News: Academic Publishing Weekly

PRH CEO announces end to tenure, PLOS measures open science, and the final book lists of 2022

By Choice Staff
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2022 Book Lists Wrap-Up

End of year book lists continue this week, starting with The Atlantic’s “The Atlantic 10: 2022’s Most Thought-Provoking Books.” Of note, the list features Princeton University Press’s Spin Dictators: The Changing Face of Tyranny in the 21st Century by Daniel Treisman and Sergei Guriev. Next, the New York Public Library shared its top picks for 2022, including recommendations for children, teens, and adults on a range of topics, such as immigration and re-examining history. Still need to buy holiday gifts? Literary Hub put together “50 Gift Books for Everyone on Your List,” perfect for last-minute shopping. In addition, Times staff critics revealed their top picks of the year, featuring both nonfiction and fiction. Finally, The New Yorker updated “The Best Books of 2022,” including university press titles from Yale, MIT, Chicago, and more.

Best 2022 Book Covers and Award Updates

Bliss Montage book cover. Photograph of oranges loosely covered in shrink wrap. Reads: "Bliss Montage Stories Ling Ma Author of Severance" in white text.

Literary Hub gathered this year’s best book covers, highlighting unique textures, patterns, and color schemes. Thirty-one designers selected 103 covers from over 50 imprints, featuring the year’s best in creative and eye-catching art design. As for the latest book award news, Shelf Awareness covered two prizes: Francesca Stavrakopoulou won the PEN Hessell-Tiltman Prize for God: An Anatomy from Knopf, and Aspen Words Literary Prize released its longlist, which selects “a work of fiction that illuminates a vital contemporary issue.” Next, Publishing Perspectives looked at Scotland’s Highland Book Prize longlist, featuring works of nonfiction, fiction, and poetry. Finally, Porchlight Book Company revealed the shortlist for the 2022 Porchlight Business Book of the Year, including The College Devaluation Crisis: Market Disruption, Diminishing ROI, and an Alternative Future of Learning by Jason Wingard from Stanford Business Books.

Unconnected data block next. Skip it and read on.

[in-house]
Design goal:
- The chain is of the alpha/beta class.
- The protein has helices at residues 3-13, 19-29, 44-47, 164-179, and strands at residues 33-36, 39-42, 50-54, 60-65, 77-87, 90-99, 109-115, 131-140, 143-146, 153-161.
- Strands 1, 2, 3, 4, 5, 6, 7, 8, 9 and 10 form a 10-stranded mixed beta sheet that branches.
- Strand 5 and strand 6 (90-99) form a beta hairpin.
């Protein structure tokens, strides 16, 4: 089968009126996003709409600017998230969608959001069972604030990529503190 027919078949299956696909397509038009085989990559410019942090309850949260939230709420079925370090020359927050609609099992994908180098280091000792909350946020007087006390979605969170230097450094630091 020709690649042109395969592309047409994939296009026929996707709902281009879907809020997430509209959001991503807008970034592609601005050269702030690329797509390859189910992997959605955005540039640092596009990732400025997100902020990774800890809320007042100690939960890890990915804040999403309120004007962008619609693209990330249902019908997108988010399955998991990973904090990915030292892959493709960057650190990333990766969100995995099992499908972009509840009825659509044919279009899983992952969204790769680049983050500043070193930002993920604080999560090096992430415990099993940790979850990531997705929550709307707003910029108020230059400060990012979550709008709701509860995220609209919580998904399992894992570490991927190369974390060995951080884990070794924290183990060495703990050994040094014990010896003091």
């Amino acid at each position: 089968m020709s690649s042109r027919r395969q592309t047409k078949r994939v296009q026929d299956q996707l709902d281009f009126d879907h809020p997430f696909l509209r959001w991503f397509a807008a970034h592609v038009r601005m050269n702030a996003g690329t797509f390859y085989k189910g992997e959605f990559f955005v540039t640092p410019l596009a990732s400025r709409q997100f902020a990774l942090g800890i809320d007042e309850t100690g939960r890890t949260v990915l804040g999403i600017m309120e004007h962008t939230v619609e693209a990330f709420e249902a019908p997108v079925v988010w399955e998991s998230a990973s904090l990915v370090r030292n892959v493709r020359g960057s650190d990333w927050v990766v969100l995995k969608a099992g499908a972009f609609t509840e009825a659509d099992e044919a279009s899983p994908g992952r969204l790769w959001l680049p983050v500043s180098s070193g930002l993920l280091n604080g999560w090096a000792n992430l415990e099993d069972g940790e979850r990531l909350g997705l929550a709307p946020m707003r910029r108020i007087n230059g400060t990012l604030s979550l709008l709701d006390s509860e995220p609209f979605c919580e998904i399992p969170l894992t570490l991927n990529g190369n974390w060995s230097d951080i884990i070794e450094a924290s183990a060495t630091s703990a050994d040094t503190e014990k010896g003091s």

Partnerships, Acquisitions, and Resignations

SAGE Publishing announced a new open access agreement with the Council of Australian University Librarians (CAUL), enabling researchers to openly publish in SAGE’s hybrid journals. The partnership will also provide researchers with a discounted article publishing charge and access to SAGE’s journals on social and behavioral science and STM. Next up, Oxford University Press and Project HOPE are partnering to publish an international open access journal, Health Affairs Scholar. The journal will center on health policies and research, including “health care costs, access, quality, and equity.” In other news, Markus Dohle will end his 15-year executive run at Penguin Random House, with PRH owner Bertelsmann announcing that he will step down as CEO at the end of the year. Publishing Perspectives highlighted Dohle’s career, including his support for the freedom to publish and efforts to diversify the publishing industry. Christoph Mohn, chair of Bertelsmann’s supervisory board, commented, “Under his leadership, our book division more than doubled its revenues and quintupled its profit.” Shelf Awareness further weighed in on Dohle’s accomplishments as CEO, and acknowledged the impact of the failed PRH/Simon & Schuster merger and what’s next for the publisher.

Magazines Take a Hit and Another Look at Book Bans